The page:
These are the params that I am currently using in the robot_localization software, in case you want to advise me to change anything.

Btw, I'm on ROS Kinetic, Ubuntu 16.04. Just some general guidelines and things that I could try from your perspective would be greatly appreciated. If you are interested in trying out my dataset, I can send a rosbag later.

Thank you in advance!

EDIT: posting config in-line:

    frequency: 10

    sensor_timeout: 0.25 #NOTE [D]: UWB works at 4Hz.

    two_d_mode: false
    transform_time_offset: 0.0
    transform_timeout: 0.25
    print_diagnostics: true

    publish_tf: true
    publish_acceleration: false

    map_frame: map
    odom_frame: odom
    base_link_frame: base_link
    world_frame: odom

    # UWB (x,y,z):
    odom0: uwb/multilateration_odom
    odom0_config: [true, true, true,    #x,y,z
                   false, false, false,
                   false, false, false,
                   false, false, false,
                   false, false, false]
    odom0_differential: false
    odom0_relative: false 
    odom0_queue_size: 2
    odom0_pose_rejection_threshold: 3 ...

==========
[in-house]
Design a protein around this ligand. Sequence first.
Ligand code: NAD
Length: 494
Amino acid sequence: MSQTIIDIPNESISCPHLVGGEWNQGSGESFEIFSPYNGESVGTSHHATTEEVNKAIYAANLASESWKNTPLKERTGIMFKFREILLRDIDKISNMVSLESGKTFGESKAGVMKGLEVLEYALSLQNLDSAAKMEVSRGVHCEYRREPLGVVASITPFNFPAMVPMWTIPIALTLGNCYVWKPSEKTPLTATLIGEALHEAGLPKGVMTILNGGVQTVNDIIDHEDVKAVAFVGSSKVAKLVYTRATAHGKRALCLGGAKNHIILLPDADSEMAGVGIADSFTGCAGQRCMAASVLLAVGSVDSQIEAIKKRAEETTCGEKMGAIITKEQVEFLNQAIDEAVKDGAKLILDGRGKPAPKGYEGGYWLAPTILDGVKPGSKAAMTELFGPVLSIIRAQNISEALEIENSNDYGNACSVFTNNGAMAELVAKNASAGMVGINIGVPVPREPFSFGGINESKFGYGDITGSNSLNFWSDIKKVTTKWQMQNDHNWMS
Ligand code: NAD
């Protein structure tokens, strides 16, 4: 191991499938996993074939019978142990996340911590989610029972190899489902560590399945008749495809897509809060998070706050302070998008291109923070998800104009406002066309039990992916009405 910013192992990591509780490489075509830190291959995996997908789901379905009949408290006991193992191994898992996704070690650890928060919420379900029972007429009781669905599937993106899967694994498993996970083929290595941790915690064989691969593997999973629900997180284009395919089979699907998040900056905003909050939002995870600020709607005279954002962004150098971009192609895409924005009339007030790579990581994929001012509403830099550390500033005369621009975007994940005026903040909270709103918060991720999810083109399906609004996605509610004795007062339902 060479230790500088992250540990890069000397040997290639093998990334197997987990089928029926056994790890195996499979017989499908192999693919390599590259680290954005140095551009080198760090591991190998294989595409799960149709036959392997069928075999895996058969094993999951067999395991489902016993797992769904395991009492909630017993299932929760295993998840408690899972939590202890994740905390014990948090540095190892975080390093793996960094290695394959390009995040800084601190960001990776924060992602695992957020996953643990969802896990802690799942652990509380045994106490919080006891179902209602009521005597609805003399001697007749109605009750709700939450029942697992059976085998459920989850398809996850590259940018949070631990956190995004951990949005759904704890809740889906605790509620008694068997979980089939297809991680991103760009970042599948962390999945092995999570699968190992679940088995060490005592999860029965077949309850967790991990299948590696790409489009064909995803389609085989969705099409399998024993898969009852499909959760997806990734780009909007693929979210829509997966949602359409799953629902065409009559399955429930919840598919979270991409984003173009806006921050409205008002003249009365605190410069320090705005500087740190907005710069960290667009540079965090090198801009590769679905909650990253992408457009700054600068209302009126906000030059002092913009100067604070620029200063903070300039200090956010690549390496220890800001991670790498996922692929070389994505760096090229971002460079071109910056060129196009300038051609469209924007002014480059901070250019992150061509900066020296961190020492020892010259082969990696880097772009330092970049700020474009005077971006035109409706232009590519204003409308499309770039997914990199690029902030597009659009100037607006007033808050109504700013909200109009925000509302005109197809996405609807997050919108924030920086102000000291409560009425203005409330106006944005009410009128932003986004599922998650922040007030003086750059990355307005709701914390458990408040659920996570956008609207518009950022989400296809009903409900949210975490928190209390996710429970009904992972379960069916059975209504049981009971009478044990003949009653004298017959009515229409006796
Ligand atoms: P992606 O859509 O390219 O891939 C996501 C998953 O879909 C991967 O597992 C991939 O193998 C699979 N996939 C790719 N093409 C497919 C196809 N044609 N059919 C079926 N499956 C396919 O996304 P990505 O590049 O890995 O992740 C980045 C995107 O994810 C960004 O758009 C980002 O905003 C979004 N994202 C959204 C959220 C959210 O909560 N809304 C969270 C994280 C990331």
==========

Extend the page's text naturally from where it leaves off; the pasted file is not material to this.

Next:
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If you could post a bag file that would be useful.

stevejp gravatar imagestevejp ( 2018-05-22 14:39:38 -0600 )edit

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answered 2018-05-24 06:49:59 -0600

Tom Moore gravatar image

updated 2018-05-30 04:55:49 -0600

There's quite a bit going on here, and I'm afraid that without sample input messages from every sensor input, it may be hard to help.

However, I can comment on a few things.

  • You are fusing yaw from two sources, and I'd be willing to bet they don't agree, at least not in the long term. Your odometry yaw is going to drift, and your IMU likely won't, so relative mode won't help. I'd pick one source for each absolute pose variable (unless you know they will always be reported in the same frame), and fuse the other sources as velocities, or turn on differential mode for them.
  • Get rid of any advanced parameters, namely, the rejection thresholds. My advice is to always start with one sensor, make sure it's behaving as expected, then add other sensors, until it's working as expected. Once all of that works, then you can introduce the advanced params, if needed.
  • If your robot can't move laterally, fuse the 0 value you're getting from your robot's wheel encoders for Y velocity.